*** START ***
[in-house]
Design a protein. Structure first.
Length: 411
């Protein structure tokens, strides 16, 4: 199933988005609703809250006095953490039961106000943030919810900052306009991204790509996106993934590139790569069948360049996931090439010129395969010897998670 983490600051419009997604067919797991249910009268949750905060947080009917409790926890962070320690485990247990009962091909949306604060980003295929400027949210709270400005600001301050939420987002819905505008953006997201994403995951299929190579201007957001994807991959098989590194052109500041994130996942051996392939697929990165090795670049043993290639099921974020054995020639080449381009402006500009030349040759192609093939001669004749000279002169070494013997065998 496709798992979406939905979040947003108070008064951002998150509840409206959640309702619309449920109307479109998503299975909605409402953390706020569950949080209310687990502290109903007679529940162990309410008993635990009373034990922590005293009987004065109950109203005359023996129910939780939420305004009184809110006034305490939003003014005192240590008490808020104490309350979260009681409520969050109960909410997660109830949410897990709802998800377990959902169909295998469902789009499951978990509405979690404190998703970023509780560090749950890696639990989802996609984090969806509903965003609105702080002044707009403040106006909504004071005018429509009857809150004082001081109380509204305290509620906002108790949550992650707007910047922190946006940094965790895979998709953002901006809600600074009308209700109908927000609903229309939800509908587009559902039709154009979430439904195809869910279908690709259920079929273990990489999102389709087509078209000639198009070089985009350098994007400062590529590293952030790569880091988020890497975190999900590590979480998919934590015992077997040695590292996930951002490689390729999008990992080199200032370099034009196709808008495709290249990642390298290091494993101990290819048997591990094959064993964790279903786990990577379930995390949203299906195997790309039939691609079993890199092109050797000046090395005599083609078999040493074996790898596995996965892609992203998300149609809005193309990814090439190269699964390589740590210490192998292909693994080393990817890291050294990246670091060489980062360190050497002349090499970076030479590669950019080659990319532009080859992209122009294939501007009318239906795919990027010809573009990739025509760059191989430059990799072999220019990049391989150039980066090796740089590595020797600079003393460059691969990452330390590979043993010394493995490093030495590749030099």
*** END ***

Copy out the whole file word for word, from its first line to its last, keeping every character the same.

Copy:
[in-house]
Design a protein. Structure first.
Length: 411
């Protein structure tokens, strides 16, 4: 199933988005609703809250006095953490039961106000943030919810900052306009991204790509996106993934590139790569069948360049996931090439010129395969010897998670 983490600051419009997604067919797991249910009268949750905060947080009917409790926890962070320690485990247990009962091909949306604060980003295929400027949210709270400005600001301050939420987002819905505008953006997201994403995951299929190579201007957001994807991959098989590194052109500041994130996942051996392939697929990165090795670049043993290639099921974020054995020639080449381009402006500009030349040759192609093939001669004749000279002169070494013997065998 496709798992979406939905979040947003108070008064951002998150509840409206959640309702619309449920109307479109998503299975909605409402953390706020569950949080209310687990502290109903007679529940162990309410008993635990009373034990922590005293009987004065109950109203005359023996129910939780939420305004009184809110006034305490939003003014005192240590008490808020104490309350979260009681409520969050109960909410997660109830949410897990709802998800377990959902169909295998469902789009499951978990509405979690404190998703970023509780560090749950890696639990989802996609984090969806509903965003609105702080002044707009403040106006909504004071005018429509009857809150004082001081109380509204305290509620906002108790949550992650707007910047922190946006940094965790895979998709953002901006809600600074009308209700109908927000609903229309939800509908587009559902039709154009979430439904195809869910279908690709259920079929273990990489999102389709087509078209000639198009070089985009350098994007400062590529590293952030790569880091988020890497975190999900590590979480998919934590015992077997040695590292996930951002490689390729999008990992080199200032370099034009196709808008495709290249990642390298290091494993101990290819048997591990094959064993964790279903786990990577379930995390949203299906195997790309039939691609079993890199092109050797000046090395005599083609078999040493074996790898596995996965892609992203998300149609809005193309990814090439190269699964390589740590210490192998292909693994080393990817890291050294990246670091060489980062360190050497002349090499970076030479590669950019080659990319532009080859992209122009294939501007009318239906795919990027010809573009990739025509760059191989430059990799072999220019990049391989150039980066090796740089590595020797600079003393460059691969990452330390590979043993010394493995490093030495590749030099």